Result: Medication changes were made and the patient now has stable vital signs.
Case Study 4: IV Lasix Treatment and Coordinated Care
Patient history: 80 years old, history of congestive heart failure, COPD, CAD, and sleep apnea.
Finding: During check-in calls, patient complained of swelling and shortness of breath on exertion, which was confirmed by her home care nurses.
Action: The RAS nurse informed the patient of the possibility of receiving IV Lasix (Furosemide) at the a skilled nursing facility. The RAS nurse contacted the patient’s PCP and relayed the patient’s concerns about this possible treatment. The patient received a home visit from her PCP, who then called the skilled nursing facility and ordered IV Lasix for the patient. RAS coordinated with facility and the patient to make sure the patient was adequately prepared for what to expect (transportation time, the need to bring an overnight bag and home medications, etc.). The patient was admitted, received 40 mg of IV Lasix, and stayed overnight for monitoring. She was transported home the following day via free shuttle provided by the center.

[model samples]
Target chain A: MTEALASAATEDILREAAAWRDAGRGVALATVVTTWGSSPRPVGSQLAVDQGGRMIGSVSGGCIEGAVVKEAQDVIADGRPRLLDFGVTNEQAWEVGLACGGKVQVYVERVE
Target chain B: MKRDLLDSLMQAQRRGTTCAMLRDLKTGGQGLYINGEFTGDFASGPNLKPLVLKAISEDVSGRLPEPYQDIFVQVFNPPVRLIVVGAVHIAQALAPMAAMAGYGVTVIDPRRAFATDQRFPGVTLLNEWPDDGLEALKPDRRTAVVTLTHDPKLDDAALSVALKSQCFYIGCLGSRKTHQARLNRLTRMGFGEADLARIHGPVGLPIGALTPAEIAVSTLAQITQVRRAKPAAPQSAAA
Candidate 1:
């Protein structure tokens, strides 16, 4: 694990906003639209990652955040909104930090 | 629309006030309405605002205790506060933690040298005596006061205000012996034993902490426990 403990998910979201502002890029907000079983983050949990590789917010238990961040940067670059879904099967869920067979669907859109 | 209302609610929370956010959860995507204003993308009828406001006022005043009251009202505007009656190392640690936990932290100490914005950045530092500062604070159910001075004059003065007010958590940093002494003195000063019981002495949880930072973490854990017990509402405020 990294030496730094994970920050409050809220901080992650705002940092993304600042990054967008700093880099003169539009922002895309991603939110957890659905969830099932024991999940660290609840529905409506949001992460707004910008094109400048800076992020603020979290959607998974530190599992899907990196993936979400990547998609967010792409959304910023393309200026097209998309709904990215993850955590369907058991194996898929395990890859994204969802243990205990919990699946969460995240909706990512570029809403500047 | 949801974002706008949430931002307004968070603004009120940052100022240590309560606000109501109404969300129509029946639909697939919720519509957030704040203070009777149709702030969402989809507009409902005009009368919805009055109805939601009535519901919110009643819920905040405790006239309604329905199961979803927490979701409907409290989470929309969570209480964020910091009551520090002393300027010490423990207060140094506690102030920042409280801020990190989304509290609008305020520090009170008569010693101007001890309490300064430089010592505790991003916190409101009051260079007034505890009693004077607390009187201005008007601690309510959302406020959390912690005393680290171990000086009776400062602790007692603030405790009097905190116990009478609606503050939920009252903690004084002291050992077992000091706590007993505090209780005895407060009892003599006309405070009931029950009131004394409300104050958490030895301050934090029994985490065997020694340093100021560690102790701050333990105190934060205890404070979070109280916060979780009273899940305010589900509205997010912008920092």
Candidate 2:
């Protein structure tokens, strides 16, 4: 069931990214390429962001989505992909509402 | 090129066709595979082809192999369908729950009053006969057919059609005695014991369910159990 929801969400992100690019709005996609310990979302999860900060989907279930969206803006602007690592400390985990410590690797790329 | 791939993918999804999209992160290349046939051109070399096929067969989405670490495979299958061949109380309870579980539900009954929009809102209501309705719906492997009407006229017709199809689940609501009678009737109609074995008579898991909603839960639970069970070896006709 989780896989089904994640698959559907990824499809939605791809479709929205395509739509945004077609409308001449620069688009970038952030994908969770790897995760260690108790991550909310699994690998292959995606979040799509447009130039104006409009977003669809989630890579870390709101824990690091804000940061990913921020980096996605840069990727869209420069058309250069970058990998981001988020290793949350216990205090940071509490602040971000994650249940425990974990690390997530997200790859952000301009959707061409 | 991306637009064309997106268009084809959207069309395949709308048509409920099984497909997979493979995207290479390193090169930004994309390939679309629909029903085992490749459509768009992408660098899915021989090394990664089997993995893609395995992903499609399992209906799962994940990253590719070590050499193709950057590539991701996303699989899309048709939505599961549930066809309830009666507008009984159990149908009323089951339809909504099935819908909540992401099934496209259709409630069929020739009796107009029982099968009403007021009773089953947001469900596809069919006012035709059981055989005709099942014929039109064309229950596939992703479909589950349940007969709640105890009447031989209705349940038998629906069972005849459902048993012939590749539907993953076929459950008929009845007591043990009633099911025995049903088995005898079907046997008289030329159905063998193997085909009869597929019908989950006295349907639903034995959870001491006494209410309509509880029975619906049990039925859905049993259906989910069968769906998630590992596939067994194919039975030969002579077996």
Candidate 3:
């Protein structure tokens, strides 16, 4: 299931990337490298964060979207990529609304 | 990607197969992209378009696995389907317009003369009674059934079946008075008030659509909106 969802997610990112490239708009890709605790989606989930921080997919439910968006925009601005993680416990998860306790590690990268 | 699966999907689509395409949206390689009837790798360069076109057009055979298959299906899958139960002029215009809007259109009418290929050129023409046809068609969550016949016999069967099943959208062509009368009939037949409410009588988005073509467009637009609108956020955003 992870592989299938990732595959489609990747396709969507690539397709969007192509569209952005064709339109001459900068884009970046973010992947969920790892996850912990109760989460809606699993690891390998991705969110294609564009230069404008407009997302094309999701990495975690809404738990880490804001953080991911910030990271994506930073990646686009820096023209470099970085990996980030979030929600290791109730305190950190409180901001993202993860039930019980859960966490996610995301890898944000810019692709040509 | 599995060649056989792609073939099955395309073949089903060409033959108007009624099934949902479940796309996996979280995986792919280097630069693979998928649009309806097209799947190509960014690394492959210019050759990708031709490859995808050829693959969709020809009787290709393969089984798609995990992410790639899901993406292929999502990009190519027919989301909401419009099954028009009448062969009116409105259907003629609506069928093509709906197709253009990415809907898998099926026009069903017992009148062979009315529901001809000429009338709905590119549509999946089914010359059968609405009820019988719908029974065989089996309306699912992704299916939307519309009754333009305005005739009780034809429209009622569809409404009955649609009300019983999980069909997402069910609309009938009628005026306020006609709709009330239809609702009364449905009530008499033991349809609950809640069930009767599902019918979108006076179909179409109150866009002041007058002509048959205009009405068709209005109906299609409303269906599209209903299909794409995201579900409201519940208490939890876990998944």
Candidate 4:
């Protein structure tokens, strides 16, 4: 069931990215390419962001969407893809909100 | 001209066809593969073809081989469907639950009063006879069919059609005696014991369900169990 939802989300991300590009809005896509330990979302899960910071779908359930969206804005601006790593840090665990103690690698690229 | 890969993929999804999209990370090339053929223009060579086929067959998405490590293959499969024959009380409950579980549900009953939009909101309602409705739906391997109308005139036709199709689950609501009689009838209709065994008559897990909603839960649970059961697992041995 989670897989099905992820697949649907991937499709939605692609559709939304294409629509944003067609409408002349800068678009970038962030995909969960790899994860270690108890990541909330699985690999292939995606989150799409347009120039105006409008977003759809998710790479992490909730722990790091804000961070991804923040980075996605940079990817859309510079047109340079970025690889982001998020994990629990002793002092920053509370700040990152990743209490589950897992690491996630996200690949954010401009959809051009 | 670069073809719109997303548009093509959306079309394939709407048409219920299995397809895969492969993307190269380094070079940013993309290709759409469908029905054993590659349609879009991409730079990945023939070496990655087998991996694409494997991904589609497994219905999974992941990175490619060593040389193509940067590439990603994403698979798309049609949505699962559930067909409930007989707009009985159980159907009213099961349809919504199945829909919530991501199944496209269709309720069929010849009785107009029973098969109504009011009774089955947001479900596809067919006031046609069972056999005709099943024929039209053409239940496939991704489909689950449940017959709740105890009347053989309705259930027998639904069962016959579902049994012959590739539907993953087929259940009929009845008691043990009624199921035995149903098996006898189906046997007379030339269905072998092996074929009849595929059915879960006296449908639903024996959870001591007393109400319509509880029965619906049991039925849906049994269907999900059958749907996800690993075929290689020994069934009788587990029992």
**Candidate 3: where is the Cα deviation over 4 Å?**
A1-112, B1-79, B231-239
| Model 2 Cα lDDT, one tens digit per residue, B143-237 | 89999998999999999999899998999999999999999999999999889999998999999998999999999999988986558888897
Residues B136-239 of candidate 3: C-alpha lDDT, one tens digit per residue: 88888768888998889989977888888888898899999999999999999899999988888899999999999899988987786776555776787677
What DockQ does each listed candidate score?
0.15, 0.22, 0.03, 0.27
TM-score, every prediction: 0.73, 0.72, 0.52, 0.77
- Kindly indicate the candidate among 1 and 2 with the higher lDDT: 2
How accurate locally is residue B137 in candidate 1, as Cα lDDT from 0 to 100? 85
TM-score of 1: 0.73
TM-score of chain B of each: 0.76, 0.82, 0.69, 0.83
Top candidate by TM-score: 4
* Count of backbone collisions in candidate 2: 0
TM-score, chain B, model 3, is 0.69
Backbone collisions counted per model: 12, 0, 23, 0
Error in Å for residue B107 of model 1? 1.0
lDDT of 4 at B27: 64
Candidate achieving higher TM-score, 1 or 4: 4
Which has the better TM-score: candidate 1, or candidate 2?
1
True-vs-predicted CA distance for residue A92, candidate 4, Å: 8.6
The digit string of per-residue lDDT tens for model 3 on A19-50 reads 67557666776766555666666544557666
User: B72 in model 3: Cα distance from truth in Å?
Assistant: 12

Result: The RAS nurse spoke to the patient, who was thrilled with the care she received. She noted a significant decrease in her lower extremity swelling and a great improvement in her breathing. Instead of readmission to the hospital, she received care in a familiar, comfortable environment with improved symptoms.
Case Study 5: PACE Qualification and Coordinated Care
Patient history: 64 years old, diabetes with insulin pump, congestive heart failure, hepatitis, and leukemia (in remission).
Finding: The patient reported that he had not seen his PCP or cardiologist in more than a year. He also reported difficulty affording medications. Upon being placed on telemonitoring, he was found to be extremely hypertensive.
Action: The patient was referred to a social worker, who is assisting him with a PACE (prescription assistance) application to afford medications. RAS notified the cardiologist of our findings and faxed him the telemonitoring trends.